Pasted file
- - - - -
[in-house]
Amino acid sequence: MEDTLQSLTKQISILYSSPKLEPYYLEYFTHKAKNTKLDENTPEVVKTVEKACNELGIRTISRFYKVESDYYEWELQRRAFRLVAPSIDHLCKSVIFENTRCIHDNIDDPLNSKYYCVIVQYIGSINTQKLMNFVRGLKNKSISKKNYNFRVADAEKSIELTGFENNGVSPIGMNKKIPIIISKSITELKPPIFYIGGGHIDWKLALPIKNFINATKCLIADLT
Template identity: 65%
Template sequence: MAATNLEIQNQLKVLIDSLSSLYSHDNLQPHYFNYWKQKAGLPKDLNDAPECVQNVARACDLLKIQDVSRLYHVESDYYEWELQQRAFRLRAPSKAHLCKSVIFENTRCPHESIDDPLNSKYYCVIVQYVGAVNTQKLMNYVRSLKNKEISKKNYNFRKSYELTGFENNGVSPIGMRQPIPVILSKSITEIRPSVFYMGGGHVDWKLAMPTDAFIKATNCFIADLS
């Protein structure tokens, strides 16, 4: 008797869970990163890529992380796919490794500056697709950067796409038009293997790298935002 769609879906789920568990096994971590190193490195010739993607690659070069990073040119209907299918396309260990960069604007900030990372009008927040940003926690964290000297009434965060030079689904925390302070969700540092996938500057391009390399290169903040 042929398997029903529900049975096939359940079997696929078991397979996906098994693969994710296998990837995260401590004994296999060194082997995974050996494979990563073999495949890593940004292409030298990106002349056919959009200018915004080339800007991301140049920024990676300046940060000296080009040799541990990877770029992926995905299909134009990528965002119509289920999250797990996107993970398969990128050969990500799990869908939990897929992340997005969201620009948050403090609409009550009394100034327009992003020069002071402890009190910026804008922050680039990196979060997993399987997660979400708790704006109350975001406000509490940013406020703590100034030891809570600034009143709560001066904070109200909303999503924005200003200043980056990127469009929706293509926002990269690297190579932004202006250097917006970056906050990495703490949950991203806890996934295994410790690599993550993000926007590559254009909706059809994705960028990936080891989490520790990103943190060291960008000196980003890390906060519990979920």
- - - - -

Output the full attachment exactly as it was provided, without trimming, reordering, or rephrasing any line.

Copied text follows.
[in-house]
Amino acid sequence: MEDTLQSLTKQISILYSSPKLEPYYLEYFTHKAKNTKLDENTPEVVKTVEKACNELGIRTISRFYKVESDYYEWELQRRAFRLVAPSIDHLCKSVIFENTRCIHDNIDDPLNSKYYCVIVQYIGSINTQKLMNFVRGLKNKSISKKNYNFRVADAEKSIELTGFENNGVSPIGMNKKIPIIISKSITELKPPIFYIGGGHIDWKLALPIKNFINATKCLIADLT
Template identity: 65%
Template sequence: MAATNLEIQNQLKVLIDSLSSLYSHDNLQPHYFNYWKQKAGLPKDLNDAPECVQNVARACDLLKIQDVSRLYHVESDYYEWELQQRAFRLRAPSKAHLCKSVIFENTRCPHESIDDPLNSKYYCVIVQYVGAVNTQKLMNYVRSLKNKEISKKNYNFRKSYELTGFENNGVSPIGMRQPIPVILSKSITEIRPSVFYMGGGHVDWKLAMPTDAFIKATNCFIADLS
């Protein structure tokens, strides 16, 4: 008797869970990163890529992380796919490794500056697709950067796409038009293997790298935002 769609879906789920568990096994971590190193490195010739993607690659070069990073040119209907299918396309260990960069604007900030990372009008927040940003926690964290000297009434965060030079689904925390302070969700540092996938500057391009390399290169903040 042929398997029903529900049975096939359940079997696929078991397979996906098994693969994710296998990837995260401590004994296999060194082997995974050996494979990563073999495949890593940004292409030298990106002349056919959009200018915004080339800007991301140049920024990676300046940060000296080009040799541990990877770029992926995905299909134009990528965002119509289920999250797990996107993970398969990128050969990500799990869908939990897929992340997005969201620009948050403090609409009550009394100034327009992003020069002071402890009190910026804008922050680039990196979060997993399987997660979400708790704006109350975001406000509490940013406020703590100034030891809570600034009143709560001066904070109200909303999503924005200003200043980056990127469009929706293509926002990269690297190579932004202006250097917006970056906050990495703490949950991203806890996934295994410790690599993550993000926007590559254009909706059809994705960028990936080891989490520790990103943190060291960008000196980003890390906060519990979920």